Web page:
Dehydration involves excessive loss of fluids from the human body in comparison to the intake. Water is indispensable for the human body and about 75% of the body weight consists of water stored inside cells, between cells and within the blood vessels. Fluids are lost constantly from the human body throughout the day through breathing, sweating, and urination. Replacing this lost fluid is important to avoid Dehydration.
Restricted intake of water, too much loss of water from the body or a combination of both these conditions causes Dehydration. The main causes of Dehydration are:
- Diarrhea – This is one of the most common reasons for Dehydration. A considerable amount of water is lost with every bowel movement.
- Vomiting – The body loses fluid through vomits and it is also difficult to replenish the water as the intake may lead to further vomiting.
- Sweating – The body loses a significant amount of water and fluids in the form of sweat. The cooling mechanism of the body, hot & humid weather and, excessive physical activity leads to the release of a considerable amount of water.
- Diabetes – High blood sugar content causes increased urination which in turn leads to an imbalance of the water level of the body.
- Frequent Urination – Excessive intake of alcohol & medications such as diuretics, antihistamines, antipsychotics, and blood pressure drugs cause frequent urination.
- Burns – Skin is the protective layer of the body and burnt skin is unable to prevent the fluid from seeping out.
Symptoms: Are you dehydrated?
- Dry Mouth
- Dry skin
- Few or no tears while crying
- No sweating
- Muscle Cramps
- Nausea and Vomiting
- Heart Palpitations
- Decreased Urine Output
A General Physician is the subject matter expert.
Tests and Investigations
The medical examinations for Dehydration include:
- Evaluation of the mental status of the patient to check if he is awake and alert
- Checking Blood Pressure and Pulse Rate
- Blood tests to check Kidney function and sodium, potassium and, electrolyte levels
- Urine test
Treatment Modalities Available
Replenishing the body with fluids is the only treatment for Dehydration. Drinking water and other fluids like clear broths, ice pops, or sports drinks are helpful. Intake of Oral Rehydration Salts (ORS) also gives instant relief. Some patients may need intravenous fluids to regain hydration. Underlying conditions such as Fever, Diarrhea, or Vomiting which are responsible for Dehydration require medication.
Complication in Management
- Kidney Failure
- Low Blood Volume Shock / Hypovolemic Shock
- Head Injury
- Cerebral Edema
Precautions During Treatment
It is advisable for the patient to take frequent but small amounts of clear fluids like water, clear broths, ice pops, or sports drinks, such as Gatorade. The amount of fluid required for maintenance of optimal hydration depends on the body weight of the patient.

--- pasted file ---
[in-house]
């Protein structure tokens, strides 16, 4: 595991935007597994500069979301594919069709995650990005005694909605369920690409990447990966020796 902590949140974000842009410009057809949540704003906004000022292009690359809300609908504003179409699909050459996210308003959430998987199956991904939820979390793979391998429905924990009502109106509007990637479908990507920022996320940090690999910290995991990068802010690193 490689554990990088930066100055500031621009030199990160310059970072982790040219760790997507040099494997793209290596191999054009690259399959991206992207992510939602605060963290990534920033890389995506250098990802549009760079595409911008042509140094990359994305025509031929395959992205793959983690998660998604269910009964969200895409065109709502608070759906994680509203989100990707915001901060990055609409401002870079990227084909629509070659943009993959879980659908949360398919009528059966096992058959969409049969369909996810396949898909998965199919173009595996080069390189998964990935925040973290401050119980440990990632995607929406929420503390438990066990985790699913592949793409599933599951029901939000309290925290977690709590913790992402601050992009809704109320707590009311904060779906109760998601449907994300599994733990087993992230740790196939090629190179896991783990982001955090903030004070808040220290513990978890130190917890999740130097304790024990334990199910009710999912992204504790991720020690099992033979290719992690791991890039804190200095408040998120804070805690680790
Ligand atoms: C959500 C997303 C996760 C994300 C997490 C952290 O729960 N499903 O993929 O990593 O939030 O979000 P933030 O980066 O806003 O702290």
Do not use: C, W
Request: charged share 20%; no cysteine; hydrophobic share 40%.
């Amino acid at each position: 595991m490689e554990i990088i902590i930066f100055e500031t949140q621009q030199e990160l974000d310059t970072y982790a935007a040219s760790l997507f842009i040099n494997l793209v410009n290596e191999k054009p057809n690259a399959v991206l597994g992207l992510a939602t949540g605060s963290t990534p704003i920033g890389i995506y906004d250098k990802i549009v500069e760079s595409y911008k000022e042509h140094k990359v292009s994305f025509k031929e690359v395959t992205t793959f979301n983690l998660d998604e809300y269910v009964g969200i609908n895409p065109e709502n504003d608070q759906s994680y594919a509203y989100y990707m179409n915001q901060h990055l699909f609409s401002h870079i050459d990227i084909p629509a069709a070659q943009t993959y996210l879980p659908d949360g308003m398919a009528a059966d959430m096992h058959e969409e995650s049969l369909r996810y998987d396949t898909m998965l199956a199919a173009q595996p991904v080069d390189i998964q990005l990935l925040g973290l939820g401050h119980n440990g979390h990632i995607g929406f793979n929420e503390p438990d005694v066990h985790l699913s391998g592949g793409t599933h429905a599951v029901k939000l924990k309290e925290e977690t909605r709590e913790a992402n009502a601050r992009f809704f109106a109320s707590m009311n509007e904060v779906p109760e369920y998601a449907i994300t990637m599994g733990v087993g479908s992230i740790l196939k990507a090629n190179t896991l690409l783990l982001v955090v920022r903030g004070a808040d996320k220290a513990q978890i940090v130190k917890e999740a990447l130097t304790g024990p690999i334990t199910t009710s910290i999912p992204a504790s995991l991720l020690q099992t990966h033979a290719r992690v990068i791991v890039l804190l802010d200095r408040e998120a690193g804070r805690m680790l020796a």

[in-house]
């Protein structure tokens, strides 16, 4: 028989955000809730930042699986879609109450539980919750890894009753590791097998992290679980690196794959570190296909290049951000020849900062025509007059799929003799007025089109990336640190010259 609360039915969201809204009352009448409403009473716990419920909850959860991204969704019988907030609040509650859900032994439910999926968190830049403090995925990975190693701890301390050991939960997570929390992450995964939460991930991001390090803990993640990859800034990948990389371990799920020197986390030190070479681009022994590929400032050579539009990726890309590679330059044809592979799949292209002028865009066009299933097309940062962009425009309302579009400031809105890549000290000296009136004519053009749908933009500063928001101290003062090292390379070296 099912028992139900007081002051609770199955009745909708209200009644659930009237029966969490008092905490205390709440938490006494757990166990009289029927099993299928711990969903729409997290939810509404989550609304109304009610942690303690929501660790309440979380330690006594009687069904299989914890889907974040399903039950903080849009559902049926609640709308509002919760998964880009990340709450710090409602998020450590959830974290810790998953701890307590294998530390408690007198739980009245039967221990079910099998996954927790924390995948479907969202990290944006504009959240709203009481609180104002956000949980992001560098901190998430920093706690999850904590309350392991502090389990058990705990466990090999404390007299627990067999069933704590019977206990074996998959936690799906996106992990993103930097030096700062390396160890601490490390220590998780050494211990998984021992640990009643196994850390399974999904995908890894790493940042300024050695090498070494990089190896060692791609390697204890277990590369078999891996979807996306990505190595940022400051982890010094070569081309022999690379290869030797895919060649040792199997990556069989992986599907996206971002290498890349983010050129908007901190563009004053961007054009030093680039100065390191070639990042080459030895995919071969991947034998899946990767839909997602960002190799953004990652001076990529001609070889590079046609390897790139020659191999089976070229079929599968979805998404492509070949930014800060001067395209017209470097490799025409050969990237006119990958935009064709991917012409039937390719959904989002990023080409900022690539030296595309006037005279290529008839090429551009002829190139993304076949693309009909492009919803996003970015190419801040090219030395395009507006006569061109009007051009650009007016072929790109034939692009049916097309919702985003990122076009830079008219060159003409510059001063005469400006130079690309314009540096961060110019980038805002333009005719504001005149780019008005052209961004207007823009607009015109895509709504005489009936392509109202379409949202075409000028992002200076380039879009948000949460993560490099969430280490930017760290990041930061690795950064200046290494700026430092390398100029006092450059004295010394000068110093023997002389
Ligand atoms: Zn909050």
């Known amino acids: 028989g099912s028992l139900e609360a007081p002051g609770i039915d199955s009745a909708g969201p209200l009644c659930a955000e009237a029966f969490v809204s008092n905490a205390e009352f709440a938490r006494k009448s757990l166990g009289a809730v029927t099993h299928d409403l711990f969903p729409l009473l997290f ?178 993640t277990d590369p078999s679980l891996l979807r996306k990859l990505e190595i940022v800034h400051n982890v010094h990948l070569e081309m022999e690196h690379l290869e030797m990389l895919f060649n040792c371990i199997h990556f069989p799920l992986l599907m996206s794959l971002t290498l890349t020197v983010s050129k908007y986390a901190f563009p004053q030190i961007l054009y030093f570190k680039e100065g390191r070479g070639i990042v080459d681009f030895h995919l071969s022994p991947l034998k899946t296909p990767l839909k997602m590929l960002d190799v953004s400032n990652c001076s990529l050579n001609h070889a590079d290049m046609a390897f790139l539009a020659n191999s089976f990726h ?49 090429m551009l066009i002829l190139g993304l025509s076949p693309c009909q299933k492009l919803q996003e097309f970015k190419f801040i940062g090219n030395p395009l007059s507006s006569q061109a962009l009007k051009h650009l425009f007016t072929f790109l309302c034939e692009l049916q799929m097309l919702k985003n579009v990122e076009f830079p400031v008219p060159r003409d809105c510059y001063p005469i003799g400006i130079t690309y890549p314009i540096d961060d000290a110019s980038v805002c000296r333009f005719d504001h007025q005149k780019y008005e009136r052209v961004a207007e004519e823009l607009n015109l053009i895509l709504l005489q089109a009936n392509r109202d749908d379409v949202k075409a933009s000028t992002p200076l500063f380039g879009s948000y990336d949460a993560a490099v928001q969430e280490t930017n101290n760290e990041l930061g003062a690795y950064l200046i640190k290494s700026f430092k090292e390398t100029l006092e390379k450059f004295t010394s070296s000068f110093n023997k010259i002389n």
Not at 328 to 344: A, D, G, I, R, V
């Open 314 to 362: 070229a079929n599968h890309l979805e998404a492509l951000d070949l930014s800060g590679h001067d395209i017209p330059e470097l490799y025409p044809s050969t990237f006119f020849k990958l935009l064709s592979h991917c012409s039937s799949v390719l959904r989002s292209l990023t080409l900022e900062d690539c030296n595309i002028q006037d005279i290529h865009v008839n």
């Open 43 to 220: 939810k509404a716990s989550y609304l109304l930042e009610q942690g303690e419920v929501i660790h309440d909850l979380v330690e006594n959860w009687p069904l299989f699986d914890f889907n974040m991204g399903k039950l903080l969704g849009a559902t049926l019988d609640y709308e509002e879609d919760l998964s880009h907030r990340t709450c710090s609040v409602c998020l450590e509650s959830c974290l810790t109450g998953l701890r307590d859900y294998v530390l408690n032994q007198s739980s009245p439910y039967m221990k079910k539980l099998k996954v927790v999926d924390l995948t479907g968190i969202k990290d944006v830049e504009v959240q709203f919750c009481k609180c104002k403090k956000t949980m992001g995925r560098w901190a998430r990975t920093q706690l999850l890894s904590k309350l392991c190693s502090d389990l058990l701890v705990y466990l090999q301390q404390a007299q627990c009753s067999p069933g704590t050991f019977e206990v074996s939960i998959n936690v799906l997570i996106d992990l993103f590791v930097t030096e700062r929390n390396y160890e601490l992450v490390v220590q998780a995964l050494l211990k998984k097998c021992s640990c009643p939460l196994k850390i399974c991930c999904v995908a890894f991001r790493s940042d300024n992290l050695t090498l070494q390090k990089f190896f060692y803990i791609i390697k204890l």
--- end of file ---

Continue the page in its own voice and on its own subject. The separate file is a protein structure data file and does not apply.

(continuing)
Usually an adult requires 2 to 3 liters of water per day. Patients with persistent Fever, Vomiting, and Diarrhea need immediate medical help. The patient needs to take the medication advised for these underlying conditions.
Dietary and Physical Activity Requirements during the Course of the Treatment
Diet: Clear fluid is the diet recommended for the first 24 hours, following which a balanced diet which includes light and healthy food is best for the patient. The patient needs to avoid milk, caffeinated beverages, fruit juices, gelatin, and sodas. Patients with Diarrhea and Vomiting need to alter their diet as per the advice of the medical practitioner.
Activity: Doctors recommend rest to patients suffering from Dehydration.
Risk of Infection to other Family Members
There is no risk of infection of Dehydration to the family of the patient.
Prevention to Avoid Recurrence
Prevention is of utmost importance to avoid recurrence of Dehydration. The important precautions include:
- Increasing consumption of fluids & foods with high water content like fruits & vegetables especially during summers and on days which are excessively hot.
- Increasing intake of fluids when indulging in excessive physical activities like workouts, jogging and brisk walking.
- Aged and very small children are at a higher risk of Dehydration. Hence they need special attention.
Support from Family
Monitoring the health of the patient is important. The family should encourage the patient to drink water and not miss medication if any. Monitoring frequency of urine output, the presence of saliva in the mouth and tears while crying is important.